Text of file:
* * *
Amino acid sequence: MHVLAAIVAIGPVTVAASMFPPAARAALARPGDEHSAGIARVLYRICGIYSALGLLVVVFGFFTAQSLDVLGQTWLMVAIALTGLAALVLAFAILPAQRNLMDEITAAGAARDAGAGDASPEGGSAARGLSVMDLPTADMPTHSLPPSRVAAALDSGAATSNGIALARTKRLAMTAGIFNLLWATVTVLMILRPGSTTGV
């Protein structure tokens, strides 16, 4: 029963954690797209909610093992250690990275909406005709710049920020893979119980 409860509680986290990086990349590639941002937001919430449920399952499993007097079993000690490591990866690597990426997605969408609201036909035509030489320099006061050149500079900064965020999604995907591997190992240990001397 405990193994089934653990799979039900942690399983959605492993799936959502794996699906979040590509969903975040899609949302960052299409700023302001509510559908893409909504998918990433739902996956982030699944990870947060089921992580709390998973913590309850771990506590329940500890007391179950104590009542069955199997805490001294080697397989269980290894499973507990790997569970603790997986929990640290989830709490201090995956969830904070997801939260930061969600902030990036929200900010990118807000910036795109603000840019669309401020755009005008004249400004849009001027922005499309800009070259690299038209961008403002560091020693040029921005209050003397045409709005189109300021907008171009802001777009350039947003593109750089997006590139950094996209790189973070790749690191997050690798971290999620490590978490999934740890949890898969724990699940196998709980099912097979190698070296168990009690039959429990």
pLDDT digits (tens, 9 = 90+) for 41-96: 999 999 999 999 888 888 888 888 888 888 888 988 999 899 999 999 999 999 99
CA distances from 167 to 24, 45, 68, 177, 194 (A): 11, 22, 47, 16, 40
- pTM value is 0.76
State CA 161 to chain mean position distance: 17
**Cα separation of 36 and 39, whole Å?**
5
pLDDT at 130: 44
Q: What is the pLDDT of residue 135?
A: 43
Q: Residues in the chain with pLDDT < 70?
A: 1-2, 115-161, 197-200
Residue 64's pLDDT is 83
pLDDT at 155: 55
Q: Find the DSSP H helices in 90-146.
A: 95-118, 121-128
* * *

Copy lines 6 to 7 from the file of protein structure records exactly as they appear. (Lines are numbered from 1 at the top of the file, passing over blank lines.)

State CA 161 to chain mean position distance: 17
**Cα separation of 36 and 39, whole Å?**